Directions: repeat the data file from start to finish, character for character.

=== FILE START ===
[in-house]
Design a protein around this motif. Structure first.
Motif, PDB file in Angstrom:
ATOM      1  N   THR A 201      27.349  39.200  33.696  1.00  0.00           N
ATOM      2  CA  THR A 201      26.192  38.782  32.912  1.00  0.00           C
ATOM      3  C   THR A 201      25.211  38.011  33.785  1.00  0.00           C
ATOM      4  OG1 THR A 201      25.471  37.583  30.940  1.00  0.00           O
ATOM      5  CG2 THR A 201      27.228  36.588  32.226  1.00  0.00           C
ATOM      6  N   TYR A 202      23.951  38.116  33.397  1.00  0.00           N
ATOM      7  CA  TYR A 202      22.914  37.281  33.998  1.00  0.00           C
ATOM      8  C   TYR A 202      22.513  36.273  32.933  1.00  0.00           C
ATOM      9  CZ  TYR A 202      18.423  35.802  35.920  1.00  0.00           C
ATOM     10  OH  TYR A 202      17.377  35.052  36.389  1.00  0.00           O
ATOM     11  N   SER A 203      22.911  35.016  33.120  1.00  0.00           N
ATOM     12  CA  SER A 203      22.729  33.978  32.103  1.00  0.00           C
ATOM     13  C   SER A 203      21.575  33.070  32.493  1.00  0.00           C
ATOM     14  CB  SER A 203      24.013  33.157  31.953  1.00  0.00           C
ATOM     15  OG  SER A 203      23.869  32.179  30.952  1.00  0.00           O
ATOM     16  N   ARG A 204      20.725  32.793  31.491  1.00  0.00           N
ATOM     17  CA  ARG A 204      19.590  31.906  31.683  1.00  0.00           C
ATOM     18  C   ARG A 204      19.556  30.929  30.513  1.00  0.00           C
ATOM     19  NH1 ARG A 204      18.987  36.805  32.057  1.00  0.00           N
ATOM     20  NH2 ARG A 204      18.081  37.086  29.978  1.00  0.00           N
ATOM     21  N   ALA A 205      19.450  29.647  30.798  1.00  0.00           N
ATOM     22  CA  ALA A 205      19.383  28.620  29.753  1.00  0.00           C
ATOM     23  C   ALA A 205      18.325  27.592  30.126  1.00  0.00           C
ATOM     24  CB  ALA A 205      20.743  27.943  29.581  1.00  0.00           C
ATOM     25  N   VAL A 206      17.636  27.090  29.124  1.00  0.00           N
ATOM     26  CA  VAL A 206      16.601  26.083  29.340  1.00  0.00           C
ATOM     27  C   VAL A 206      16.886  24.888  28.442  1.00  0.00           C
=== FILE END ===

[in-house]
Design a protein around this motif. Structure first.
Motif, PDB file in Angstrom:
ATOM      1  N   THR A 201      27.349  39.200  33.696  1.00  0.00           N
ATOM      2  CA  THR A 201      26.192  38.782  32.912  1.00  0.00           C
ATOM      3  C   THR A 201      25.211  38.011  33.785  1.00  0.00           C
ATOM      4  OG1 THR A 201      25.471  37.583  30.940  1.00  0.00           O
ATOM      5  CG2 THR A 201      27.228  36.588  32.226  1.00  0.00           C
ATOM      6  N   TYR A 202      23.951  38.116  33.397  1.00  0.00           N
ATOM      7  CA  TYR A 202      22.914  37.281  33.998  1.00  0.00           C
ATOM      8  C   TYR A 202      22.513  36.273  32.933  1.00  0.00           C
ATOM      9  CZ  TYR A 202      18.423  35.802  35.920  1.00  0.00           C
ATOM     10  OH  TYR A 202      17.377  35.052  36.389  1.00  0.00           O
ATOM     11  N   SER A 203      22.911  35.016  33.120  1.00  0.00           N
ATOM     12  CA  SER A 203      22.729  33.978  32.103  1.00  0.00           C
ATOM     13  C   SER A 203      21.575  33.070  32.493  1.00  0.00           C
ATOM     14  CB  SER A 203      24.013  33.157  31.953  1.00  0.00           C
ATOM     15  OG  SER A 203      23.869  32.179  30.952  1.00  0.00           O
ATOM     16  N   ARG A 204      20.725  32.793  31.491  1.00  0.00           N
ATOM     17  CA  ARG A 204      19.590  31.906  31.683  1.00  0.00           C
ATOM     18  C   ARG A 204      19.556  30.929  30.513  1.00  0.00           C
ATOM     19  NH1 ARG A 204      18.987  36.805  32.057  1.00  0.00           N
ATOM     20  NH2 ARG A 204      18.081  37.086  29.978  1.00  0.00           N
ATOM     21  N   ALA A 205      19.450  29.647  30.798  1.00  0.00           N
ATOM     22  CA  ALA A 205      19.383  28.620  29.753  1.00  0.00           C
ATOM     23  C   ALA A 205      18.325  27.592  30.126  1.00  0.00           C
ATOM     24  CB  ALA A 205      20.743  27.943  29.581  1.00  0.00           C
ATOM     25  N   VAL A 206      17.636  27.090  29.124  1.00  0.00           N
ATOM     26  CA  VAL A 206      16.601  26.083  29.340  1.00  0.00           C
ATOM     27  C   VAL A 206      16.886  24.888  28.442  1.00  0.00           C